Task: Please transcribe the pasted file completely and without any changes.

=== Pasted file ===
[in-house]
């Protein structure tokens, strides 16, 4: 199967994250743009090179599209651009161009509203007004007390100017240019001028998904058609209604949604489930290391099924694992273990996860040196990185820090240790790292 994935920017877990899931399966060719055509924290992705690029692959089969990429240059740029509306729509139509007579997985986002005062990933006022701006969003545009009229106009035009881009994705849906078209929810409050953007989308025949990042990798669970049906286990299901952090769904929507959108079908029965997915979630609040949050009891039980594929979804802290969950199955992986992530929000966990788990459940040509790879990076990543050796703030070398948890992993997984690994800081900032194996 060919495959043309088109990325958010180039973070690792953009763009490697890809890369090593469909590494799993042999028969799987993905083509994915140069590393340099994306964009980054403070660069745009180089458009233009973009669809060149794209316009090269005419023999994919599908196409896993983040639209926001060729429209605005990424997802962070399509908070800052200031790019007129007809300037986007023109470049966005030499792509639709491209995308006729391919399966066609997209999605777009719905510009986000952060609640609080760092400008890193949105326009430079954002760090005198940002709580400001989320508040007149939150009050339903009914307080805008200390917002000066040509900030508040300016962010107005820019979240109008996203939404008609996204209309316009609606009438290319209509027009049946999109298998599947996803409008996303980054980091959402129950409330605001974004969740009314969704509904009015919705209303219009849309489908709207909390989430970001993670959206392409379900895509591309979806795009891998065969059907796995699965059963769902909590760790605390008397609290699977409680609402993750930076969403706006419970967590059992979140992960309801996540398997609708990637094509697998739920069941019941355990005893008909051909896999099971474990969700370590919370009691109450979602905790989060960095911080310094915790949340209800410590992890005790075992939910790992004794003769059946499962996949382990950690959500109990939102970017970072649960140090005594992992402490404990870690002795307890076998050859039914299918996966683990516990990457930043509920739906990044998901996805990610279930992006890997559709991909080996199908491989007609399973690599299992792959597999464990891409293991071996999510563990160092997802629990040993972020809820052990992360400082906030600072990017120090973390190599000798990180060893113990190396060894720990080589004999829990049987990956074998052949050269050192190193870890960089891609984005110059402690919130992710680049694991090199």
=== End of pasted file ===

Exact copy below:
[in-house]
């Protein structure tokens, strides 16, 4: 199967994250743009090179599209651009161009509203007004007390100017240019001028998904058609209604949604489930290391099924694992273990996860040196990185820090240790790292 994935920017877990899931399966060719055509924290992705690029692959089969990429240059740029509306729509139509007579997985986002005062990933006022701006969003545009009229106009035009881009994705849906078209929810409050953007989308025949990042990798669970049906286990299901952090769904929507959108079908029965997915979630609040949050009891039980594929979804802290969950199955992986992530929000966990788990459940040509790879990076990543050796703030070398948890992993997984690994800081900032194996 060919495959043309088109990325958010180039973070690792953009763009490697890809890369090593469909590494799993042999028969799987993905083509994915140069590393340099994306964009980054403070660069745009180089458009233009973009669809060149794209316009090269005419023999994919599908196409896993983040639209926001060729429209605005990424997802962070399509908070800052200031790019007129007809300037986007023109470049966005030499792509639709491209995308006729391919399966066609997209999605777009719905510009986000952060609640609080760092400008890193949105326009430079954002760090005198940002709580400001989320508040007149939150009050339903009914307080805008200390917002000066040509900030508040300016962010107005820019979240109008996203939404008609996204209309316009609606009438290319209509027009049946999109298998599947996803409008996303980054980091959402129950409330605001974004969740009314969704509904009015919705209303219009849309489908709207909390989430970001993670959206392409379900895509591309979806795009891998065969059907796995699965059963769902909590760790605390008397609290699977409680609402993750930076969403706006419970967590059992979140992960309801996540398997609708990637094509697998739920069941019941355990005893008909051909896999099971474990969700370590919370009691109450979602905790989060960095911080310094915790949340209800410590992890005790075992939910790992004794003769059946499962996949382990950690959500109990939102970017970072649960140090005594992992402490404990870690002795307890076998050859039914299918996966683990516990990457930043509920739906990044998901996805990610279930992006890997559709991909080996199908491989007609399973690599299992792959597999464990891409293991071996999510563990160092997802629990040993972020809820052990992360400082906030600072990017120090973390190599000798990180060893113990190396060894720990080589004999829990049987990956074998052949050269050192190193870890960089891609984005110059402690919130992710680049694991090199």